Also went to see Thirteen Conversations About One Thing
, a definite improvement over the already good first film by the Sprecher sisters, Clockwatchers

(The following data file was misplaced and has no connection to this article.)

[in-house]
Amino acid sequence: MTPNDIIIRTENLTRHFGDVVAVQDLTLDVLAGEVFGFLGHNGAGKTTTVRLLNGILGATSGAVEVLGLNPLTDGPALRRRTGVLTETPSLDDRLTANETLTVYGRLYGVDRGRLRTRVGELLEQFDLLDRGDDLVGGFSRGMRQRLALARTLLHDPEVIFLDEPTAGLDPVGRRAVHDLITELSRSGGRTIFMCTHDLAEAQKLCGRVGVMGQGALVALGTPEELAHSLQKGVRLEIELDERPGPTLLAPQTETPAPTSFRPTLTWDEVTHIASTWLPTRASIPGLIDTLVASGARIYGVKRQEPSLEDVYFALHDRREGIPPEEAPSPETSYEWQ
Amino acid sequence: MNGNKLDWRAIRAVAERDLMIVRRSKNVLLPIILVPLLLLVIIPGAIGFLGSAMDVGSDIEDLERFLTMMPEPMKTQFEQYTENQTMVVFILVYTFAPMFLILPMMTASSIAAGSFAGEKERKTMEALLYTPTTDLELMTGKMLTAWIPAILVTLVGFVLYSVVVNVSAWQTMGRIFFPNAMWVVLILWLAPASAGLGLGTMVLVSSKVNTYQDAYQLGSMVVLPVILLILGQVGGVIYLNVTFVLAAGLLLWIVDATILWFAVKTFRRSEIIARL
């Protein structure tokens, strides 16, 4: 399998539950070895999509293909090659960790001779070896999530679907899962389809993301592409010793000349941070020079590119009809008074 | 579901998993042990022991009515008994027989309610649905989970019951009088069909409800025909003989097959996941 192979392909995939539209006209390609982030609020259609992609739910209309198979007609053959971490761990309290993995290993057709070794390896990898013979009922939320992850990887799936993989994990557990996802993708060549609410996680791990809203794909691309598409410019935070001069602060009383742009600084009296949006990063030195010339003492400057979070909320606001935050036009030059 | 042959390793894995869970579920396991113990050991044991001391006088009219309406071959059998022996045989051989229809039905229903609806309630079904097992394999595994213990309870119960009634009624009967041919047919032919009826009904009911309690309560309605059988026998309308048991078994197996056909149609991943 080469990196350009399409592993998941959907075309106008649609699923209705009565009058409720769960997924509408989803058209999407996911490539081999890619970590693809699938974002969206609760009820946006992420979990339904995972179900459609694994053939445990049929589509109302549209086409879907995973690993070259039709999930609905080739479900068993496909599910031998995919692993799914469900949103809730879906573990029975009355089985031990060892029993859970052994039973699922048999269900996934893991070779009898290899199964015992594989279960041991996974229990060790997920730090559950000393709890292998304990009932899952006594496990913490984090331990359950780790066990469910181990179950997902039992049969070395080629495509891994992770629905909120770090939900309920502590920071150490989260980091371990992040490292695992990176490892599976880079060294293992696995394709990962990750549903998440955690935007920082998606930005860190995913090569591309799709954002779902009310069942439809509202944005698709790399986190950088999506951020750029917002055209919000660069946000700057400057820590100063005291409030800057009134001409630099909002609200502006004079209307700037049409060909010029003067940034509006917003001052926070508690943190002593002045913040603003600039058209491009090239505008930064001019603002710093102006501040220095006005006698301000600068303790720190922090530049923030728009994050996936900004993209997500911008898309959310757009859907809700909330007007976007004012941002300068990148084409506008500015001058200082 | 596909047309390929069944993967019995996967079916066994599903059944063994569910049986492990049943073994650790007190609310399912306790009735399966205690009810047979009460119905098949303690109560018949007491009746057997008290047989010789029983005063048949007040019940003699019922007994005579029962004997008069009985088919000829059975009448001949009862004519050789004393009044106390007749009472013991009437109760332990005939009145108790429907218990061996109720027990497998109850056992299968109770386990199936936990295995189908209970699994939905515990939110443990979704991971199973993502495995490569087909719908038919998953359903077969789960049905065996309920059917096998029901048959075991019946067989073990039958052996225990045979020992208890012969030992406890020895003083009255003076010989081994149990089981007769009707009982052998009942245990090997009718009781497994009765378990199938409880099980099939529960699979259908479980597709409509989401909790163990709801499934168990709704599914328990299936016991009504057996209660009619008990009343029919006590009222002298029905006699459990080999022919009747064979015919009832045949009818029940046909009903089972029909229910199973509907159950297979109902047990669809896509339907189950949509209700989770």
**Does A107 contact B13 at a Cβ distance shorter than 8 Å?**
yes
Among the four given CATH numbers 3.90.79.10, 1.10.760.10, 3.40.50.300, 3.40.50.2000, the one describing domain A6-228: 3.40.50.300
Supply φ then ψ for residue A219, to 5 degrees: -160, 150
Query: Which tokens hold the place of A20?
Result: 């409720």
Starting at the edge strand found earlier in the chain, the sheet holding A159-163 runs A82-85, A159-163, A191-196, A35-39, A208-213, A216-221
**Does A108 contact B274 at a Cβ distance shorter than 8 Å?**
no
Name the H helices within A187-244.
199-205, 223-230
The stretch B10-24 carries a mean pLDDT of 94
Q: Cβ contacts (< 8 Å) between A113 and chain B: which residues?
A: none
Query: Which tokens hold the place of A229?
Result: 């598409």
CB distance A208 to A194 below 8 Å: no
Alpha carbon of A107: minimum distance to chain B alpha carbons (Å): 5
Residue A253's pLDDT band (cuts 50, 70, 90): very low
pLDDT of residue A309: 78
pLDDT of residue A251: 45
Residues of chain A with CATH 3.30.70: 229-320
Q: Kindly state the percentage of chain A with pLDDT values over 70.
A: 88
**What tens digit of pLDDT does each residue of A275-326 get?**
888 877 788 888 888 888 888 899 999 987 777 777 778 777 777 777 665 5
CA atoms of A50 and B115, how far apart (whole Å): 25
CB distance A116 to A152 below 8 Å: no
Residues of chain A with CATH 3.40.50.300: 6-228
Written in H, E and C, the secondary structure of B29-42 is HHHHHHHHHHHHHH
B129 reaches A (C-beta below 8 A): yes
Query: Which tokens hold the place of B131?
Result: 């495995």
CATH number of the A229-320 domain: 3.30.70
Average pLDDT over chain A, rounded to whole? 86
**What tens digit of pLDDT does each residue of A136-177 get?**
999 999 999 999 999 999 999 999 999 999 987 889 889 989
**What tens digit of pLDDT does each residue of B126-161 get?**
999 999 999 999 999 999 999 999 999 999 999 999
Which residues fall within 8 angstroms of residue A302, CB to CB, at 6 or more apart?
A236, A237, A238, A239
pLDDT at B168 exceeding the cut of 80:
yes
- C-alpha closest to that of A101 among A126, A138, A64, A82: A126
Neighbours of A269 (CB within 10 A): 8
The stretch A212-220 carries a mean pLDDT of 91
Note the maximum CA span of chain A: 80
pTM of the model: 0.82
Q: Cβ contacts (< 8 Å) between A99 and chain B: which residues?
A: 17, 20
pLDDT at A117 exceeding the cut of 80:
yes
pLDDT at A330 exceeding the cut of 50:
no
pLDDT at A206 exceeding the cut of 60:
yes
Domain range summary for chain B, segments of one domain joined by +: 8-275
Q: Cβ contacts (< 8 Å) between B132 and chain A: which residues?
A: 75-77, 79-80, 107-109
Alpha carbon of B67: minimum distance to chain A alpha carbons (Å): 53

. Just a short post on this one. I really enjoyed this film, which was a series of interlocking narratives about happiness, whether we make it ourselves or it's just dumb luck. Presented in a slightly shuffled chronology, which makes sense when reflecting on the movie, the film features a large, well-acted ensemble, though I have to admit that I favored some stories more than others, especially the one featuring Alan Arkin, in a brilliant performance, as a cynical, middle-manager, alienated from his ex-wife and heroin-addicted son (I guess I'm lucky since this strand takes up the majority of the film); the strand encapsulates the film, which is both frequently funny and sad, sweet and painfully bitter. Another film that features a great closing shot; Arkin waving to Amy Irving's character, a complete stranger, on the subway, reciprocated with a smile and wave. Then a reflective moment from Arkin, as he considers who makes his fate.